Monday, May 25, 2020

Emmy-Winning TV Anchor Pens Great Book On Resilience

Powerful New Book By Emmy-Winning TV Anchor Encourages Resilience In The Face Of Adversity

Job Loss or Career Change. Health challenges. Financial struggles. The county is undergoing an enormous challenge, on so many levels, because of the pandemic. But there is a resource to help the nation recover.

A new book, This is Not the End: Strategies to Get You Through the Worst Chapters of Your Life (Morgan James Publishing, Trade Paper, 140 pages $14.95; ISBN: 978-1-6-4279-806-7), provides an insightful roadmap for anyone who has suffered a moment that threatens to define who they are, making them feel that life simply will never be the same.

How do you overcome adversity, trauma, change, or life-altering moments? How resilient, optimistic, or empowered are you to find a way to live with a significant negative event and meet the challenges and opportunities posed by it?

“While today may be a miserable part of a really crappy chapter in your life,” says author Nina Sossamon-Pogue, “This is Not the End helps you see that your life is not ruined.  You’re just in a tough plot twist, and better days are ahead.”

Nina ( knows firsthand, having experienced a number of life-changing events that could have permanently put her on a dangerous path.  She has managed to live a successful and happy life despite suffering some setbacks and unexpected events.

Nina, since age 5, defined herself as a gymnast.  On the United States Gymnastics Team with Mary Lou Retton, her dreams got derailed when she fell short of competing in the 1984 Olympics. As a highly recruited NCAA gymnast, her aspirations were crushed by a career-ending injury. But that didn’t stop her.

She went on to pursue a career in journalism. After being named Charleston’s Favorite Newscaster for seven straight years, she lost her job due to budget cuts. But that didn’t stop her.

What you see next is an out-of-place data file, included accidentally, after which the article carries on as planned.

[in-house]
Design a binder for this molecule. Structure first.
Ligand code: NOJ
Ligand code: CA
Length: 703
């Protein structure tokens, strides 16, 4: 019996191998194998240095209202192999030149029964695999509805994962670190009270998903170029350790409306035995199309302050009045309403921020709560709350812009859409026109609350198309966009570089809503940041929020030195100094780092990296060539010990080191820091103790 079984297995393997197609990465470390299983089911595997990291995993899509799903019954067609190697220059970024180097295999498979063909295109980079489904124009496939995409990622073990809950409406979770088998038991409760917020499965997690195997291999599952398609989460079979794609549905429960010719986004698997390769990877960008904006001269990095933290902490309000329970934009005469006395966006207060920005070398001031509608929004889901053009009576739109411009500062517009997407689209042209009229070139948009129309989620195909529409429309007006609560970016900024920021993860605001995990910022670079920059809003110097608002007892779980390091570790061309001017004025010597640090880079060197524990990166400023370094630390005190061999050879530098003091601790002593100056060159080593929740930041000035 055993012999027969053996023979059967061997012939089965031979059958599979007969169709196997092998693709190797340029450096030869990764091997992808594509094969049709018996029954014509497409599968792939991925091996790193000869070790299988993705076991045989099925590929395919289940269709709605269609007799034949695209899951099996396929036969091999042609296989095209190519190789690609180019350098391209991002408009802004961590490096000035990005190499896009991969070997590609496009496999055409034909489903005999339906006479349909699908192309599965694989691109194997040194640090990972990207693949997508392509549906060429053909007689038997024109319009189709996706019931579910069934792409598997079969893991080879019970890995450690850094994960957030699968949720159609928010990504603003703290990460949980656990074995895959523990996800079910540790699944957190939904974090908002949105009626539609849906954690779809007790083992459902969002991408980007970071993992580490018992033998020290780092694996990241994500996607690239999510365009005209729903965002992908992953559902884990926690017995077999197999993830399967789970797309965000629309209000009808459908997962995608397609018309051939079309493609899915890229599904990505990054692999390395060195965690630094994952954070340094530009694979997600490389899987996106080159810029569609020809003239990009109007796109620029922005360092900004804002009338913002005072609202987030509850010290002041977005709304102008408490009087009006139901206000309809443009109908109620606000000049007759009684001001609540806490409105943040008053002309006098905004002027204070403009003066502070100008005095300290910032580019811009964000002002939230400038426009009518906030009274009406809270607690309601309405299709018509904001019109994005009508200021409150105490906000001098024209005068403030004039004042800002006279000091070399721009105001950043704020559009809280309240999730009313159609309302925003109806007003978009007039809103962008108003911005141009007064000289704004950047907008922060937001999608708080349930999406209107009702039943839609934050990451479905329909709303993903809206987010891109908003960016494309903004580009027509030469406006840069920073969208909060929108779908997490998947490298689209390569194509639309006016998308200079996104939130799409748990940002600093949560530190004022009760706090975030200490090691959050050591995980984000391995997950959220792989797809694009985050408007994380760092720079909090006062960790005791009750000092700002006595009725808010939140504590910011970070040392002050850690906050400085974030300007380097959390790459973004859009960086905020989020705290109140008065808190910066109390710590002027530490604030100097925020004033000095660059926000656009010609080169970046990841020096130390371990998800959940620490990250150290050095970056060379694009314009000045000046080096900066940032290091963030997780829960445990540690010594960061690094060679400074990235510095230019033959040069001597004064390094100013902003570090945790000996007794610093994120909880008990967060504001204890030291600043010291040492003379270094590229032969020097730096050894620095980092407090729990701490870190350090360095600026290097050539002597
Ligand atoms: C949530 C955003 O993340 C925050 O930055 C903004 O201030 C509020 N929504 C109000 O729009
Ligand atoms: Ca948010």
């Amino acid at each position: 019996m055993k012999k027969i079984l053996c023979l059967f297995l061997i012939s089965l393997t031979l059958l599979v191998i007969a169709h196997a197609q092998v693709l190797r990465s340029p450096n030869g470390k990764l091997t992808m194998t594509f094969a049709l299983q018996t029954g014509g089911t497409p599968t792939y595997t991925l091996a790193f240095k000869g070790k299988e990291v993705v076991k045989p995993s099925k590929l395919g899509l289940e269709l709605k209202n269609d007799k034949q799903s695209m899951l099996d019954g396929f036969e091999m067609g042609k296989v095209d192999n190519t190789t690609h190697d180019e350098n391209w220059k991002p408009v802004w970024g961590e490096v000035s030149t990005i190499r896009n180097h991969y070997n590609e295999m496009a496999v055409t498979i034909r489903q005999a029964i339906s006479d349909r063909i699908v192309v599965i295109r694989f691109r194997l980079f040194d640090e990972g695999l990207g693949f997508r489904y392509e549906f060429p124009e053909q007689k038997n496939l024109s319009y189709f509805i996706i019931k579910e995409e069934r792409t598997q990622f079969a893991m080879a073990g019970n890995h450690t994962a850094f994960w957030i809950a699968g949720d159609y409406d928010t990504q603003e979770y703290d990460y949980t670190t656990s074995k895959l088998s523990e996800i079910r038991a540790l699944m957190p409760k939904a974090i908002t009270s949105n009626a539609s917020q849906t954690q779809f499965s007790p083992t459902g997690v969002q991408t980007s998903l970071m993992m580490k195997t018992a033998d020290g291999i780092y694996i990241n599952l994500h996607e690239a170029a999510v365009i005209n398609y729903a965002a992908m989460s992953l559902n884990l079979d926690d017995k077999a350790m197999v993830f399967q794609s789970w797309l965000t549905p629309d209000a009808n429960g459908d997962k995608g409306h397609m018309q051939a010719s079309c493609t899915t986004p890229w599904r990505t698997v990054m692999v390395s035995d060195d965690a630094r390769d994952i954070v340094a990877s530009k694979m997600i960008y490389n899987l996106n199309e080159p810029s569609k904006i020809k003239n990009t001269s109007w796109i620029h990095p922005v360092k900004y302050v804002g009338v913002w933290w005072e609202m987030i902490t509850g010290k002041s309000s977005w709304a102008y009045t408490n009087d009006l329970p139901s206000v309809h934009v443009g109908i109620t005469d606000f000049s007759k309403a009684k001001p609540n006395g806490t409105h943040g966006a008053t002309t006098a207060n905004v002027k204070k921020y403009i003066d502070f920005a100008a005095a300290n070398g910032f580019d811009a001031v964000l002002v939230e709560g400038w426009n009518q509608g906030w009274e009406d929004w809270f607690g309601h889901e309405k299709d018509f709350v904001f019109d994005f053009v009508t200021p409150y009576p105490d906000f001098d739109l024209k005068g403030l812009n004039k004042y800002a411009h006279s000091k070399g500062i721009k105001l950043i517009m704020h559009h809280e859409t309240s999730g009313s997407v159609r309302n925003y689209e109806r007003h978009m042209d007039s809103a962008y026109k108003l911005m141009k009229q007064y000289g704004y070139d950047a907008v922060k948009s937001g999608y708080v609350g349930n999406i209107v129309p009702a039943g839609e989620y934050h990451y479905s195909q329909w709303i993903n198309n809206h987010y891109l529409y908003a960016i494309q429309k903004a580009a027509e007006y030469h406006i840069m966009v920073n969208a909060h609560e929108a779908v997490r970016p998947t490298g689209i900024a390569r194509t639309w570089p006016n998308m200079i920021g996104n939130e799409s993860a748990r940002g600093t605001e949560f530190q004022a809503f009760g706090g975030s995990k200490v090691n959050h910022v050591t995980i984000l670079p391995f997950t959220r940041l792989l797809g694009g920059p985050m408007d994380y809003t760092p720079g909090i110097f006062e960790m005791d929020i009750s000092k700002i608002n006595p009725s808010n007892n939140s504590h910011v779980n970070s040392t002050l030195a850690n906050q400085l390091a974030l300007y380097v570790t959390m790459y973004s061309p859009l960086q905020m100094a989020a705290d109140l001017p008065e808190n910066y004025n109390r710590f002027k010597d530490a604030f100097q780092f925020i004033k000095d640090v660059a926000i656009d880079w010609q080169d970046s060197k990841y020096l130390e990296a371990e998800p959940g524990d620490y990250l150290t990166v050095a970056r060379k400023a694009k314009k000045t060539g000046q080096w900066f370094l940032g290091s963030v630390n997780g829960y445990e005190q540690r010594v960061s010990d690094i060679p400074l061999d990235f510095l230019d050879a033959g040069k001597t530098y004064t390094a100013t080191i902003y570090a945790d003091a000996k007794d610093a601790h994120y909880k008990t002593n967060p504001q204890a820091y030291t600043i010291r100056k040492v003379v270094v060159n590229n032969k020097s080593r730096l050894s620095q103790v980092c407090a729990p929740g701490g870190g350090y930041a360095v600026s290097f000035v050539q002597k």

Nina also got divorced in her mid-30’s and was suddenly a single mom of two. But that didn’t stop her.

She landed at another TV station and went on to win the Emmy for Best News Anchor in the Southeast. But while at the home of her co-anchor, a horrible accident happened. She ran over her colleague’s 10-month old baby, crushing the boy’s skull. Miraculously, he lived and made a full recovery. The event left her flirting with self-sabotaging and suicidal thoughts. But that didn’t stop her.

Nina, who is promoted by the PR firm that I work for, provides strategies and insights on how anyone can get through the worst chapters of their life.

“No matter what has happened, author your own script,” says Nina. “Losing the big game. Getting fired. Suffering an embarrassing event. Suffering an accident, injury or illness.  Dealing with the fallout of Covid-19. Bad things happen whether you are the victim, or the cause of them. You are the author of your life story. All the pages ahead are still blank. Your choices and the words you use will become your story. You can choose the words you are ok with other people repeating when they talk about THIS. You get to choose to share as much, or as little as you want. You control the conversation and your emotions. Failure, loss or adversity often comes before achievement and fulfillment. You get to determine that whatever has happened, this is not the end.”

Below is a Q & A with Nina:

1.       Nina, what inspired you to write This is Not the End?  Two things: (1) I remember standing in a bookstore searching for something to speak to me when I felt like my life was over. There were lots of big psych books, PTSD workbooks, and other people’s stories or books on cognitive behavior, stoic philosophy and faith. They were too much. I needed a quick read with simple language to tell me what to do. That’s the book I’ve written. (2) Over the years I’ve mentored many young people and become the go-to when friends, family or co-workers are struggling. I realized my experience, my stories, and all the books and the research I read, added up to something special. I could help people outside of my direct circle if I organized those thoughts. I also wanted to be sure my college kids, and people close to me, would know how to get through tough times if I wasn’t there to help.